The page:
obstruction conspiracy

A Mar-a-Lago worker is the third person indicted in the Trump White House classified documents case

Carlos de Oliveira has been accused of trying to delete subpoenaed surveillance footage

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In this handout photo provided by the U.S. Department of Justice, stacks of boxes can be observed in the White and Gold Ballroom of former U.S. President Donald Trump's Mar-a-Lago estate in Palm Beach, Florida. Former U.S. President Donald Trump has been indicted on 37 felony counts in the special counsel's classified documents probe
Photo: U.S. Department of Justice (Getty Images)

Federal prosecutors yesterday (July 27) named a third person in the classified documents case against former president Donald Trump. Carlos de Oliveira, the 56-year-old valet-turned-property manager at Trump’s private club and residence Mar-a-Lago, was added to the obstruction conspiracy charge in the original indictment.

The court documents reveal that De Oliviera, together with Trump aide Waltine “Walt” Nauta, attempted to delete the security footage federal investigators had subpoenaed to see whether or not Nauta, at Trump’s behest, moved boxes in and out of a storage room at Mar-a-Lago. Last June, after communicating with both Trump and Nauta, De Oliviera spoke to Mar-a-Lago’s director of information technology and went to the IT room, saying “the boss” wants the server deleted.


The first former president to be indicted in the US and the front-runner for the 2024 Republican presidential nomination, Trump has been charged with unlawfully holding top-secret documents, included briefings on foreign countries policies and reports regarding the US’s nuclear weaponry, in his Mar-a-Lago Florida resort.

Both Trump and Nauta have pled not guilty to their respective charges. De Oliviera is scheduled to be arraigned in Miami on Monday, the New York Times reported.


A brief timeline of Trump’s Mar-a-Lago classified documents case

June 9: Special prosecutor Jack Smith indicts Trump on 37 counts, 31 of which were counts of willful retention of national defense information (a violation of the Espionage Act). The others charges include conspiracy to obstruct justice, withholding and corruptly concealing records, and making false statements and representations.

June 27: Trump alleges Smith, together with the Department of Justice and the Federal Bureau of Investigation, “illegally leaked and ‘spun’ a tape and transcript of me which is actually an exoneration” in a post on Truth Social, the social media platform he owns. He continues to call the crackdown a “witch hunt.”

Separately, on the same day, CNN shares an exclusive audio recording from a 2021 meeting in Bedminster, New Jersey, where Trump discusses holding secret documents he did not declassify. In response, Trump denies there was no document “per se.”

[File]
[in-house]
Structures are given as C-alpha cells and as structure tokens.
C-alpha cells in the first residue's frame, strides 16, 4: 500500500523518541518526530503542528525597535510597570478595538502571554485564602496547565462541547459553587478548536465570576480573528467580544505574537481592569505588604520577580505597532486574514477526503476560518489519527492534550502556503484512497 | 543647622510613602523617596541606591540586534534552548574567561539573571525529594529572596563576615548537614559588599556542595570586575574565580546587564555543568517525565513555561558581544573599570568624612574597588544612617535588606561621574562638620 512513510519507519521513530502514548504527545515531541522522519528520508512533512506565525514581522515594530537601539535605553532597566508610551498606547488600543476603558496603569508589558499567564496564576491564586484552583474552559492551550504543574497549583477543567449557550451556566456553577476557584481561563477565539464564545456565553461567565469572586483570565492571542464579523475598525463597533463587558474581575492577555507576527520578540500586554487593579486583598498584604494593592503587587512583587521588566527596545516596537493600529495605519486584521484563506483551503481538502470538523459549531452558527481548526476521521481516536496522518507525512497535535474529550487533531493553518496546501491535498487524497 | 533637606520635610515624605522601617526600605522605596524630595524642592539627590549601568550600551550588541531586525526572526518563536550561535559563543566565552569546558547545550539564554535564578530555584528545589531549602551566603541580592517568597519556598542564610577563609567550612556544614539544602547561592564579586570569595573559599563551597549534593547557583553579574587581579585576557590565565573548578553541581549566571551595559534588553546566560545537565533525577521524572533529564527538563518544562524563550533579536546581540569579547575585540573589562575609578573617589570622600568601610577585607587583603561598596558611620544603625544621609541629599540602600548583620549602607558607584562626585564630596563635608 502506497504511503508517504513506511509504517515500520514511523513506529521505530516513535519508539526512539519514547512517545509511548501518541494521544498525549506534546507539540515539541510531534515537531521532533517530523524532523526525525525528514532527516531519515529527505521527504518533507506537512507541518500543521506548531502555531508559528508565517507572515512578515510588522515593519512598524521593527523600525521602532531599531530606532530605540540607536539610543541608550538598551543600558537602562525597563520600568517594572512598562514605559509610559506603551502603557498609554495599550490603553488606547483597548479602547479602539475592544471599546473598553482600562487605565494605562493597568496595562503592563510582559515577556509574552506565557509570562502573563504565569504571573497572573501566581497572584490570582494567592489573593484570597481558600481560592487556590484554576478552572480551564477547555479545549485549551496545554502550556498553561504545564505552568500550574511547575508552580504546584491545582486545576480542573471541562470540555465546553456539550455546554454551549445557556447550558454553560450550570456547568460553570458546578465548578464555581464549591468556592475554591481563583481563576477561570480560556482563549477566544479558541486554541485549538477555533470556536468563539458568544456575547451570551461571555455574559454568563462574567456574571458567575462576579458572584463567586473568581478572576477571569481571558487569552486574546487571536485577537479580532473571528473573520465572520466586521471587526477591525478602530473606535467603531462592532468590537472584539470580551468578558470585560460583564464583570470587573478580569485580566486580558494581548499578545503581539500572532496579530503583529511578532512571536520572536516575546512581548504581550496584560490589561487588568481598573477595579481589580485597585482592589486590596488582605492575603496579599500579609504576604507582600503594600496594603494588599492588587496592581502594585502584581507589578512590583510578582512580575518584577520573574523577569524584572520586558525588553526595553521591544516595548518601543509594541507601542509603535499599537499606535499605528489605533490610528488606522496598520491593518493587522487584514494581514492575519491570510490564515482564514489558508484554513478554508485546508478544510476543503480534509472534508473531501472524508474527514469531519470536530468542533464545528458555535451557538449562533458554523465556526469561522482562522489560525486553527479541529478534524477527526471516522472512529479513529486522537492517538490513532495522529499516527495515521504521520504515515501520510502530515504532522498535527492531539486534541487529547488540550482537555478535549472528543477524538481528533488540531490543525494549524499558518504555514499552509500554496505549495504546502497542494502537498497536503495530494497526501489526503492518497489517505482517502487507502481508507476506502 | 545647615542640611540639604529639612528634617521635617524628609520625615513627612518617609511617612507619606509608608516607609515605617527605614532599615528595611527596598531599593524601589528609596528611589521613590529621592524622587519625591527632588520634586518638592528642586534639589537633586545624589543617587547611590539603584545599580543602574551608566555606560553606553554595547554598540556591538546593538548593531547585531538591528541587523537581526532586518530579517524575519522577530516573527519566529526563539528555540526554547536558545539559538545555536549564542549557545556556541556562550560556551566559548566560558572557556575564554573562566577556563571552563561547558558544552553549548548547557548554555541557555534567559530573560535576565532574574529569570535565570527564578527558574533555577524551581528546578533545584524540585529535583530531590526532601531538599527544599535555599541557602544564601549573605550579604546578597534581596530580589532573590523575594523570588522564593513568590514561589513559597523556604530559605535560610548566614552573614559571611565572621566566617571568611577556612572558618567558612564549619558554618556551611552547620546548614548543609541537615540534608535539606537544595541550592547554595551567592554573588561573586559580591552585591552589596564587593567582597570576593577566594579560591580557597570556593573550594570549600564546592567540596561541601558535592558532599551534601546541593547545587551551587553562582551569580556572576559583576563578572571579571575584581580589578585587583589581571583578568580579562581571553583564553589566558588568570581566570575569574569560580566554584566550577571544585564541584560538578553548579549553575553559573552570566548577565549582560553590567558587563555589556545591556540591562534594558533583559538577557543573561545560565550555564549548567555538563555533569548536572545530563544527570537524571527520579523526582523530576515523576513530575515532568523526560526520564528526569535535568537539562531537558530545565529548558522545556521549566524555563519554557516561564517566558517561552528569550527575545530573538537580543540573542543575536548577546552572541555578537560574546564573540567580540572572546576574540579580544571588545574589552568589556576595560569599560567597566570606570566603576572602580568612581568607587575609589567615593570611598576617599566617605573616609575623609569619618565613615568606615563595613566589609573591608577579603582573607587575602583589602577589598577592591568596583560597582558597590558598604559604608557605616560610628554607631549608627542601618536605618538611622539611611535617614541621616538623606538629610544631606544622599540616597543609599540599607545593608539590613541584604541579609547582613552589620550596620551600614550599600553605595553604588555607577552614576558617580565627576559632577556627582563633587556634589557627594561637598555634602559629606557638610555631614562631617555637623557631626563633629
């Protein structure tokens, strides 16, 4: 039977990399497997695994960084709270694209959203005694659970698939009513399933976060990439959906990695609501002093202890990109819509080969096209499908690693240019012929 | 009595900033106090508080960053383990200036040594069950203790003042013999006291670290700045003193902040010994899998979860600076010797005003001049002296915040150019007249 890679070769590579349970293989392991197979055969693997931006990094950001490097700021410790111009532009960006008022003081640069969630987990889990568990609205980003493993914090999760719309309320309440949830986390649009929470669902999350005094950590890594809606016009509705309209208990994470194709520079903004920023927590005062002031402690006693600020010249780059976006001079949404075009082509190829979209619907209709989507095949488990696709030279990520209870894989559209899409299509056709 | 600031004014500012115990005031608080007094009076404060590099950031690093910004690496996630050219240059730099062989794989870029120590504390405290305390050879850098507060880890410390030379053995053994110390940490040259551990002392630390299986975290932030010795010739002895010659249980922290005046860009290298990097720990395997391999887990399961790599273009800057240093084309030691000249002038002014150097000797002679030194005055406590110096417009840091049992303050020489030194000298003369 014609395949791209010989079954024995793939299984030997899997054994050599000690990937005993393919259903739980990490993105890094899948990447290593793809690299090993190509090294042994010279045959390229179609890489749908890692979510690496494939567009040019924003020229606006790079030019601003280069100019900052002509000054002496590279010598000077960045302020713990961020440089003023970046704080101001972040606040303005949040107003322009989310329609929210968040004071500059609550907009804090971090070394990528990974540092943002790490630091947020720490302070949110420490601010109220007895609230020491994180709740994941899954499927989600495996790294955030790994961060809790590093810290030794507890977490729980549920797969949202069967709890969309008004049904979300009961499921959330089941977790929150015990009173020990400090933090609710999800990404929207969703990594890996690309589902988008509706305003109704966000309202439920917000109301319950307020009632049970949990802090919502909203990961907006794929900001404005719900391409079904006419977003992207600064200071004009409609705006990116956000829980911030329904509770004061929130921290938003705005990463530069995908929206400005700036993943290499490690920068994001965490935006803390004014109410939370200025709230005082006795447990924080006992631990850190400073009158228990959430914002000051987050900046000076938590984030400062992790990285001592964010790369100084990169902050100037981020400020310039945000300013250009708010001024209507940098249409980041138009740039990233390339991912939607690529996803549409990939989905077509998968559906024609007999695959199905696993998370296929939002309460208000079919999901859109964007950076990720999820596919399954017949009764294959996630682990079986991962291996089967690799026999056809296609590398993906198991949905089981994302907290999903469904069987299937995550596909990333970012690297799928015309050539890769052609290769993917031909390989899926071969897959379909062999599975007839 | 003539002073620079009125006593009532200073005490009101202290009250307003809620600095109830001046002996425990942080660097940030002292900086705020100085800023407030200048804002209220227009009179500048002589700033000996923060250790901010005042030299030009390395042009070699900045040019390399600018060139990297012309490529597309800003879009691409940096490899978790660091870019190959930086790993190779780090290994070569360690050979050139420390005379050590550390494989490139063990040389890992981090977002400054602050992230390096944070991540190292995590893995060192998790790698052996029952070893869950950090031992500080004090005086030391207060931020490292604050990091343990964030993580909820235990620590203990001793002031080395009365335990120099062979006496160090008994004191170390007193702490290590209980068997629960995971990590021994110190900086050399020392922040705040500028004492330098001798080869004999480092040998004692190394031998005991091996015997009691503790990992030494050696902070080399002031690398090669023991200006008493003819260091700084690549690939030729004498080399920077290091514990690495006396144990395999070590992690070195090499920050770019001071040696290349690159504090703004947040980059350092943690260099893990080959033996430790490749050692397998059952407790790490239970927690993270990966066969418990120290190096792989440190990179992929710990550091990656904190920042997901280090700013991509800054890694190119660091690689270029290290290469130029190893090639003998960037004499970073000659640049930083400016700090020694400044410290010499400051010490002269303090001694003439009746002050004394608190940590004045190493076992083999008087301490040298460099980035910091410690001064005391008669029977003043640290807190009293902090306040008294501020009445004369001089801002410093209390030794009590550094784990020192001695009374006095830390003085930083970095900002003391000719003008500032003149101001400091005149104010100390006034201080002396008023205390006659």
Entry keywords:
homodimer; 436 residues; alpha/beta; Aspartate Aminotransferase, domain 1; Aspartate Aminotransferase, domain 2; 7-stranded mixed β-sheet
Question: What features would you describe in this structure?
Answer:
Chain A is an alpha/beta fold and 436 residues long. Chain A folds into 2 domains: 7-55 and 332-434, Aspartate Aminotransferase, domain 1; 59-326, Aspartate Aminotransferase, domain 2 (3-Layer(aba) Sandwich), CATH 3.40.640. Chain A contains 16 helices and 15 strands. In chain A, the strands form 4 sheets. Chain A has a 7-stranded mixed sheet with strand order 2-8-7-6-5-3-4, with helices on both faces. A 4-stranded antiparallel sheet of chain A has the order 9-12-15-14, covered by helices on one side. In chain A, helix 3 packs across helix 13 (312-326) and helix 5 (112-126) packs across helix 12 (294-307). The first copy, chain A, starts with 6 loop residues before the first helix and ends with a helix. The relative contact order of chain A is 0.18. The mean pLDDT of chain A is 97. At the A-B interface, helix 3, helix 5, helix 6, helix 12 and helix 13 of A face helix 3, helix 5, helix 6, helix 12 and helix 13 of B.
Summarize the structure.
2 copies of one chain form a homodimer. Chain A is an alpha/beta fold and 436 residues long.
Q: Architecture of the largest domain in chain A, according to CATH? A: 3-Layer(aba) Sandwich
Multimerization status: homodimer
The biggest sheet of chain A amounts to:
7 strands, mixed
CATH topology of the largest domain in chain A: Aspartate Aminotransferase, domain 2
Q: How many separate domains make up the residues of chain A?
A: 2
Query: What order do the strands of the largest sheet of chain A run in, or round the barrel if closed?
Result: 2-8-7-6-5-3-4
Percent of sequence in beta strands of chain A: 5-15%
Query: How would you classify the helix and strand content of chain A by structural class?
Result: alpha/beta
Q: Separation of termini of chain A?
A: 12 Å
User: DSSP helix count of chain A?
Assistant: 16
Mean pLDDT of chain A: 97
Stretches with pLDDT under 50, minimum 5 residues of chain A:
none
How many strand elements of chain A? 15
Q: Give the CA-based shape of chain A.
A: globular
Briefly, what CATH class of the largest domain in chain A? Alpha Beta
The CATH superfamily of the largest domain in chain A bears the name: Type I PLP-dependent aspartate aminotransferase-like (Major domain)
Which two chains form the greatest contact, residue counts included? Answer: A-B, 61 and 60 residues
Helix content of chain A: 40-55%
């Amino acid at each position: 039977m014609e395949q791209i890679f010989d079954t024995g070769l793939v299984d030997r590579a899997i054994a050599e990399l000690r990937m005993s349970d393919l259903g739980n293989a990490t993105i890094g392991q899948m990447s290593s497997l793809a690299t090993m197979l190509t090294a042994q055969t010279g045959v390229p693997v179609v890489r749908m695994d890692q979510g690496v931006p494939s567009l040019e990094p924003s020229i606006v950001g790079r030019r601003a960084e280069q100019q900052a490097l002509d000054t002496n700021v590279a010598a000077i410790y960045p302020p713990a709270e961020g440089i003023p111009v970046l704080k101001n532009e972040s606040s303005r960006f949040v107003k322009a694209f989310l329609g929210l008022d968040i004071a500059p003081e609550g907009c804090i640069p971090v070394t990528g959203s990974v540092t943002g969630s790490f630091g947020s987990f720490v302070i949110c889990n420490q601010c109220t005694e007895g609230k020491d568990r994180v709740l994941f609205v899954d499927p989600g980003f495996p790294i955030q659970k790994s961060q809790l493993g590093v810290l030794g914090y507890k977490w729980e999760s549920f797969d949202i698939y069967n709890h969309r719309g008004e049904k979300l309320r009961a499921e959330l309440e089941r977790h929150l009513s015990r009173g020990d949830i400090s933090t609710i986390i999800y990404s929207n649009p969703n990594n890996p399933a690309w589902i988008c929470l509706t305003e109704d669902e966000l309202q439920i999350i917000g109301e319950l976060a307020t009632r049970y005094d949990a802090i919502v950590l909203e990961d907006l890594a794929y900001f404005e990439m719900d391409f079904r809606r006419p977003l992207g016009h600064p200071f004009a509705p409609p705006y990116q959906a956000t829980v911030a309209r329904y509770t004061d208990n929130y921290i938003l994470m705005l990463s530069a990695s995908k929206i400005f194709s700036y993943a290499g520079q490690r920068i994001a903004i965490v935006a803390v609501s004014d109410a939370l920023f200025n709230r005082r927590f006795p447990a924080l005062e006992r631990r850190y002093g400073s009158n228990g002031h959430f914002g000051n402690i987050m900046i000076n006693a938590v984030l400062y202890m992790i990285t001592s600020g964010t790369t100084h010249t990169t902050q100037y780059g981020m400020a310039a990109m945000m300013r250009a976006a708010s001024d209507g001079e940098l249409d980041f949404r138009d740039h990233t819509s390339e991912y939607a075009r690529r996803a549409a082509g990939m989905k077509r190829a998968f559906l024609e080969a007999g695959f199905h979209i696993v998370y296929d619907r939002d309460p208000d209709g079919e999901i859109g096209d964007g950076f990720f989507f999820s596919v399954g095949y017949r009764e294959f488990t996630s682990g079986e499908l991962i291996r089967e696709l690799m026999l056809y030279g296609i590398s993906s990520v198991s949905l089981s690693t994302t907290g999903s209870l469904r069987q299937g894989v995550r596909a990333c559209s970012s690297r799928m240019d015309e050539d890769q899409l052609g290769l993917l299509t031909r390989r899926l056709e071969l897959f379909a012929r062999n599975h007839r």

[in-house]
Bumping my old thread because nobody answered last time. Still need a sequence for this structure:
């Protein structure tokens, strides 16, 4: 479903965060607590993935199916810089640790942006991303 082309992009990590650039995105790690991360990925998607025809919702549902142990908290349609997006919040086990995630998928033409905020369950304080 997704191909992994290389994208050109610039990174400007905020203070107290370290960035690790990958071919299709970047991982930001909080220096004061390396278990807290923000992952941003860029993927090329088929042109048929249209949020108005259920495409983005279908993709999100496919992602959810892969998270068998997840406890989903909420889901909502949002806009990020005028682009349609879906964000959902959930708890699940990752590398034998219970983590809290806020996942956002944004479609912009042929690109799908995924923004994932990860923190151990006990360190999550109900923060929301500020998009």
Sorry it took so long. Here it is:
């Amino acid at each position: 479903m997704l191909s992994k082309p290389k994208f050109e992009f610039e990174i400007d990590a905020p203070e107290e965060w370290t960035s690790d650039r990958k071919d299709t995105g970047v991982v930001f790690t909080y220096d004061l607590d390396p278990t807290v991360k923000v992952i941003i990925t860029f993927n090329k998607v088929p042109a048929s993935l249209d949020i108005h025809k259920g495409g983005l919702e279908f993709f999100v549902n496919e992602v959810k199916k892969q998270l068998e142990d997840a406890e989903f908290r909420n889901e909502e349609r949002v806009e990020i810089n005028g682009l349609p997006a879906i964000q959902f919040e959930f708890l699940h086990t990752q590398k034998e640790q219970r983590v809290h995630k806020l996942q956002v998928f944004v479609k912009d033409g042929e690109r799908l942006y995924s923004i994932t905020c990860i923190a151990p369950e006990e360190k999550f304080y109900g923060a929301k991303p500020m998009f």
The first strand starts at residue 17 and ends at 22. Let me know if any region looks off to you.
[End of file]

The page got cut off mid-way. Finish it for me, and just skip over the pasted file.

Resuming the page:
July 6: Trump’s personal valet, Nauta, is indicted on six counts, including concealing a document in a federal investigation, conspiracy to obstruct justice, and lying to investigators during an interview with the FBI in May 2022.

July 21: Florida district judge Aileen Cannon sets the trial date in the classified documents case for May 20, 2024.


July 28: Smith adds charges against Carlos de Oliviera to the indictment. Smith also brings three new charges against Trump, bringing the total to 40.

A non-exhaustive list of other Trump investigations

🗳️ Election fraud. The same morning as De Oliviera’s addition to the indictment, Trump’s lawyers met in Washington with prosecutors to discuss another possible indictment relating to efforts to overturn the 2020 election, which led to the Capitol Hill insurgency. In addition, the district attorney in Fulton County, Georgia, are looking into charging Trump with 2020 election fraud.


🤑 Financial fraud. A civil lawsuit brought by New York state attorney general seeks $250 million from the Trump Organization, accusing him and his family business of “staggering” fraud.

🤐 Defamation. E Jean Carroll, who alleges Trump raped her in a New York City department store in the mid-1990s and then defamed her when she took her story public decades later, is fighting a civil defamation suit against the ex-president. The case is set to go to trial in January 2024.


🫣 Promoting a pyramid scheme. A federal class action lawsuit claims Trump perpetuated a years-long fraud by promoting the ACN pyramid scheme on reality TV show The Apprentice and at business conventions. This goes to trial at the end of next January.

💰 Criminal hush money. The state of New York accused Trump of falsifying business records in connection with hush money payments to porn star Stormy Daniels. The trial will begin next March.


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